Hunt For Black Bear Continues After Attack On 2 Boys At New Jersey Campsite

BRANCHVILLE, N.J. (CBSNewYork) — A 12-year-old Jersey City boy and an 11-year-old Brooklyn boy sustained minor injuries after a black bear attacked their campsite in New Jersey early Wednesday morning.

WCBS 880’s Levon Putney With Campers At The Site

The attack occurred shortly after 5 a.m. in Stokes State Forest in Sussex County. Police said a black bear entered the Glen Anderson area being used by the Montague-based youth camp, Trail Blazers, while the campers were asleep.

“This has never occurred in 25 years of camp,” the camp’s executive director, Riel Peerbooms, told CBS 2’s Sean Hennessey.  “The outdoors comes with challengers, but we certainly wouldnt put anyone at any risk. That would be unreasonable, so bear encounters can probably not be prevented.”

Two counselors gathered the group of nine children in a partially enclosed cabin and made noise to scare the bear away.

The bear left the site of the attack and then returned. It was rummaging through the campsite when state fish and game officials arrived.

A state wildlife technician was able to shoot the bear in the neck before the animal fled into the woods.  It is now being hunted by a Department of Environmental Protection response team. The orders are to shoot to kill.

The Victims Suffered Only Minor Injuries. 1010 WINS’ Terry Sheridan Reports.

“It will be euthanized if it’s found,” Al Ivany, of the agency’s Fish & Wildlife Division, told CBS 2’s Scott Rapoport.

The bear is being tracked by conservation officers with the help of a blood-sniffing dog, according to the DEP.

Troopers said one of the boys suffered a puncture wound after the bear grabbed him by the foot and tried to pull him out of a tent. The bear then swiped at another tent, scratching a second boy on the shoulder.

Both children were taken to a local hospital for treatment. The attack reportedly lasted about 15 minutes.

Sections of the Appalachian Trail and intersecting hiking trails that run through Stokes State Forest have been closed.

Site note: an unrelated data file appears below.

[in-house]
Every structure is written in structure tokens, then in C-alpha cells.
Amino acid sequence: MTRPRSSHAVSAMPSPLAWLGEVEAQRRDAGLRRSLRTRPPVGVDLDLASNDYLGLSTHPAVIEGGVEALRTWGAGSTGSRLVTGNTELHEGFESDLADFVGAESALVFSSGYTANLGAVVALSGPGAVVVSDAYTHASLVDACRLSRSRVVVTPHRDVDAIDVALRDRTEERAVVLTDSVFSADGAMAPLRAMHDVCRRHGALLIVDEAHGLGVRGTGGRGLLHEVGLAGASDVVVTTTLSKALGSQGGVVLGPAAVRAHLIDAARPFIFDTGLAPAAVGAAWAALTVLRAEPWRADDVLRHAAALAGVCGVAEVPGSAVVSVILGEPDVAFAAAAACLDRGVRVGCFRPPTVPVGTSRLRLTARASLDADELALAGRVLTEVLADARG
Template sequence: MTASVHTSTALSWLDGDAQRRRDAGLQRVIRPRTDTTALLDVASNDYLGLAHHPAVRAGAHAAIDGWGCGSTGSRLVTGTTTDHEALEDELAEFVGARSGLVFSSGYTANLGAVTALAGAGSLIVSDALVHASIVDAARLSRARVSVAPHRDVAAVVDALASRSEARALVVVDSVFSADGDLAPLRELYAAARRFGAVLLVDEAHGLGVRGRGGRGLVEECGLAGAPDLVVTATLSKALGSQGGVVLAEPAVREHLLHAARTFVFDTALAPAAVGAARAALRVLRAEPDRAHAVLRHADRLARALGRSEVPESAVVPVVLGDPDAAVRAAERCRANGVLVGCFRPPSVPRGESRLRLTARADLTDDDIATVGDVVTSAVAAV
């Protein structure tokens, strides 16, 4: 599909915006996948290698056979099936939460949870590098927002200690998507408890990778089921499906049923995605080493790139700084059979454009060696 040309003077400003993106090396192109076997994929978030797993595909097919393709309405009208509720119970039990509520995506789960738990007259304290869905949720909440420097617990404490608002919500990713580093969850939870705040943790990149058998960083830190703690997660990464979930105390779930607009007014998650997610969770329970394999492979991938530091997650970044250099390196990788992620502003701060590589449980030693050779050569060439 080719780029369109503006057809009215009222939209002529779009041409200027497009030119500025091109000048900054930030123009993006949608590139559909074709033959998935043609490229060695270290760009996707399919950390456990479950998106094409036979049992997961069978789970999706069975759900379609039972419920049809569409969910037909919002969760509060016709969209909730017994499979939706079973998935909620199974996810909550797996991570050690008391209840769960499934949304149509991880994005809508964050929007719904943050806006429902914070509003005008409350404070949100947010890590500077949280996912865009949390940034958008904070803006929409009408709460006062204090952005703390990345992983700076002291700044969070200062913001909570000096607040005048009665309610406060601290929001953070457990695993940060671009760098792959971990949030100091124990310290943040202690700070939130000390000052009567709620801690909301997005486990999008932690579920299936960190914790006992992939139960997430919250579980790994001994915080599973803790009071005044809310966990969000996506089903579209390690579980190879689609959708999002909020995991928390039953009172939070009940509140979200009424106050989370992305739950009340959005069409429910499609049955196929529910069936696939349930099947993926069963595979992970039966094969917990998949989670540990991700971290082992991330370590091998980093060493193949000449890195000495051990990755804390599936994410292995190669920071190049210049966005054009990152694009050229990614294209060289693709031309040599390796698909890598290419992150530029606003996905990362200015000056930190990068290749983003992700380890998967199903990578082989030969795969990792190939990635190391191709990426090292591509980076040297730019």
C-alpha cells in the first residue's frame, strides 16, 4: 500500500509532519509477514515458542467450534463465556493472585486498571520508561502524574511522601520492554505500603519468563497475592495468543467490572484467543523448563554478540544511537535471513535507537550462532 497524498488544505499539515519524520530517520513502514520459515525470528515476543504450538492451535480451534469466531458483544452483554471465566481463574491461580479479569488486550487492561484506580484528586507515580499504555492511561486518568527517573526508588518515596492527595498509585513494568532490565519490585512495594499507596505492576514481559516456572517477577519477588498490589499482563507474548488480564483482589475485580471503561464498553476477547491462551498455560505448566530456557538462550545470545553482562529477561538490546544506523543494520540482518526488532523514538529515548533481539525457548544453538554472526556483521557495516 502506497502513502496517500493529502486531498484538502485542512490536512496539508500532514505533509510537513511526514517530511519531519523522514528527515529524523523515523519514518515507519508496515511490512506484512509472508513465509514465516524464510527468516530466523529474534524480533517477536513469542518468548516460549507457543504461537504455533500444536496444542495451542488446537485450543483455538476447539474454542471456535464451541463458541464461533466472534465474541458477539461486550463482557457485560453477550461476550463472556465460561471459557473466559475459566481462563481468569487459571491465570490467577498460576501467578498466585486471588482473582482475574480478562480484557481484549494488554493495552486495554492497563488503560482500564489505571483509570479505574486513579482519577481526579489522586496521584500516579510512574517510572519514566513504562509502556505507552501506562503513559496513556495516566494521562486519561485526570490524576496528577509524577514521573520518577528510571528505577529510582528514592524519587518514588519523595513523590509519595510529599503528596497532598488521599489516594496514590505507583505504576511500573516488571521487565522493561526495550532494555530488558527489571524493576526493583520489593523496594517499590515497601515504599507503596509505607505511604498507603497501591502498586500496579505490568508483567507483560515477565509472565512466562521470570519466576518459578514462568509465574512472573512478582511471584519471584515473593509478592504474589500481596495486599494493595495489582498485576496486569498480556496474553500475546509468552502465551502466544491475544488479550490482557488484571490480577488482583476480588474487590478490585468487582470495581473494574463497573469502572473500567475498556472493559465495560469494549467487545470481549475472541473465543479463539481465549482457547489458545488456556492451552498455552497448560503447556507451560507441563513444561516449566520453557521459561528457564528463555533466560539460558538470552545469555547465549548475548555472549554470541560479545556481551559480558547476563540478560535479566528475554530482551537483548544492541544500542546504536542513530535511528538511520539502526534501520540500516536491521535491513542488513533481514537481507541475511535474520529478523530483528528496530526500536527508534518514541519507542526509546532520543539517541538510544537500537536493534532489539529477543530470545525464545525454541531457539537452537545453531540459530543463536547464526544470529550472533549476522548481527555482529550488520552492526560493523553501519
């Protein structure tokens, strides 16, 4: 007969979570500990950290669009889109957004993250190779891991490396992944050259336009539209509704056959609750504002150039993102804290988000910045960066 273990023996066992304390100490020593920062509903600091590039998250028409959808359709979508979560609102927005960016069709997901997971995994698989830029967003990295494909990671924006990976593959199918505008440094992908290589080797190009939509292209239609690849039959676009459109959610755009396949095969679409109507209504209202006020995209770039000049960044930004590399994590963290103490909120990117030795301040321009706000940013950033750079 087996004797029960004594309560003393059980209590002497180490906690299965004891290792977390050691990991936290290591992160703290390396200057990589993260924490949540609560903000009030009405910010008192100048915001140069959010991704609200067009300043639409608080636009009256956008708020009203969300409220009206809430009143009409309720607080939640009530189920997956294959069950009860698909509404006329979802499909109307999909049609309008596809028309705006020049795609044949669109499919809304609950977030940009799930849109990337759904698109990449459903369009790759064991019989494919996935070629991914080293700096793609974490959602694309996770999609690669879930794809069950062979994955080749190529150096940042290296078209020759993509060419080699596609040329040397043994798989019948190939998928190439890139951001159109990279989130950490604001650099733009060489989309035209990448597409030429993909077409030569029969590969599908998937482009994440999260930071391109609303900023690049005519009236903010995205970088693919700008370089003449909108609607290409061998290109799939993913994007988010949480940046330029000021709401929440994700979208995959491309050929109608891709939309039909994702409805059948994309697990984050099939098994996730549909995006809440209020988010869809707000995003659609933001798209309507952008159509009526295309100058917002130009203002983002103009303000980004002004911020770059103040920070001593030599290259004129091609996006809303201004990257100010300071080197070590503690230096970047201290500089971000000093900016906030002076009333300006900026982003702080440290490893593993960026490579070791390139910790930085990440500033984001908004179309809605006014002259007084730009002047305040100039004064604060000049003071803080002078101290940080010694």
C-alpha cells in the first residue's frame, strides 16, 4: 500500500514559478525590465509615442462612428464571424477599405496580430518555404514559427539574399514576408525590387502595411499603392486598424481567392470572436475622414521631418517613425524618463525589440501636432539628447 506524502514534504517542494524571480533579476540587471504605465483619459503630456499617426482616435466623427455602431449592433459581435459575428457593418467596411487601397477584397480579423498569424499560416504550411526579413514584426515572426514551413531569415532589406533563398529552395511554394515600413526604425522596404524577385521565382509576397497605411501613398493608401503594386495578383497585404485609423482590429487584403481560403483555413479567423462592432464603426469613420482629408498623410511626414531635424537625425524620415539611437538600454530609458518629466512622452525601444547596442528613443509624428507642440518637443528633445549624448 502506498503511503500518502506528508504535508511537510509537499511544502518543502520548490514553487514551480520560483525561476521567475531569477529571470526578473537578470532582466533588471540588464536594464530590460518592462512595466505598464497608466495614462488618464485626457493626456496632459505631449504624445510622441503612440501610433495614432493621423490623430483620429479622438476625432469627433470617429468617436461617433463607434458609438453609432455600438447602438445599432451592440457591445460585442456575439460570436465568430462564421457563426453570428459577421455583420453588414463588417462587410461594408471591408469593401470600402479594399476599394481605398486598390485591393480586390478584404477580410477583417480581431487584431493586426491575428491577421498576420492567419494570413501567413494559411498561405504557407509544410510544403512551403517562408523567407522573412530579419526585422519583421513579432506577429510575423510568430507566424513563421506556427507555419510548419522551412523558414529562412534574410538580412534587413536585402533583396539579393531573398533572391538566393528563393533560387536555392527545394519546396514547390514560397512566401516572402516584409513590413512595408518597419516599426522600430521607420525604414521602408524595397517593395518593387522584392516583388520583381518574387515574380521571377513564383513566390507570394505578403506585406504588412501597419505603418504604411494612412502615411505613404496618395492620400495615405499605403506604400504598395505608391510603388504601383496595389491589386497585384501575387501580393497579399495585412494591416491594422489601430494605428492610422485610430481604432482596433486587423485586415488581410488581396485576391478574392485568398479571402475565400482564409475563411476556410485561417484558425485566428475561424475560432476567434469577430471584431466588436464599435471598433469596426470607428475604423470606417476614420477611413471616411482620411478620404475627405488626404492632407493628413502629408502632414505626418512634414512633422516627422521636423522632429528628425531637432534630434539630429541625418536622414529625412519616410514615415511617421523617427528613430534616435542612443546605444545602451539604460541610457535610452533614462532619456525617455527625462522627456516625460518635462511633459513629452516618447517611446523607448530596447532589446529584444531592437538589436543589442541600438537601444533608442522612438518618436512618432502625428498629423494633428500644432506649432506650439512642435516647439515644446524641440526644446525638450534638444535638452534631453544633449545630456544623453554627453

“A wounded bear is actually not more dangerous, it’s less dangerous,” DEP spokesman Larry Raganese told 1010 WINS. “The wounded bear would tend to want to hide and recover from a wound if it can.”

Raganese said this is this first attack on humans by a black bear in New Jersey this year.

“The bear was looking for food and it really didn’t differentiate between kids and food,” he told CBS 2’s Hennessey.

The DEP advises campers and hikers to store food properly in bear-proof containers, or in their vehicles, and to always use caution in bear country.

In this case, however, the campsite food was apparently locked up and there were no attractants to draw the bear in.

Last month, three teenagers from the Tri-State Area were attacked by a grizzly bear while on a survival training expedition in Alaska.

Do you feel safe letting your children go camping? Let us know below…


One Comment

  1. Herb says:

    Let’s try to look at facts:
    1. There was no injury of the boys
    2. There is no evidence that A bear damaged tents. Could that have been a prank?
    3. There was a statement that the bear “…left and returned” How do we know that the bear shot was not just another bear attracted to the noise?
    4. Does DEP have the authority to shoot first and ask questions later?
    5. Once the bear was trapped, why couldn’t it be tranquilized and put into a trap until the uncertainties were worked out?
    6. Sounds like the DEP was watching the clock, didn’t want to pay overtime, and didn’t want to ruin a weekend for other human campers and hikers. To heck with a bear’s life.

  2. Steve says:

    No reason to kill that bear No harm was done the rangers should of checked the story out and witness before shooting something that didn’t do any harm to anyone
    What goes around comes around

  3. J. A. Beck says:

    I live in West Milford with the bears. We don’t have a problem. City people have the ptoblems. We’ve taught our children to be “bear aware” and live along side these mangnificent animals.

  4. Claire Phillip says: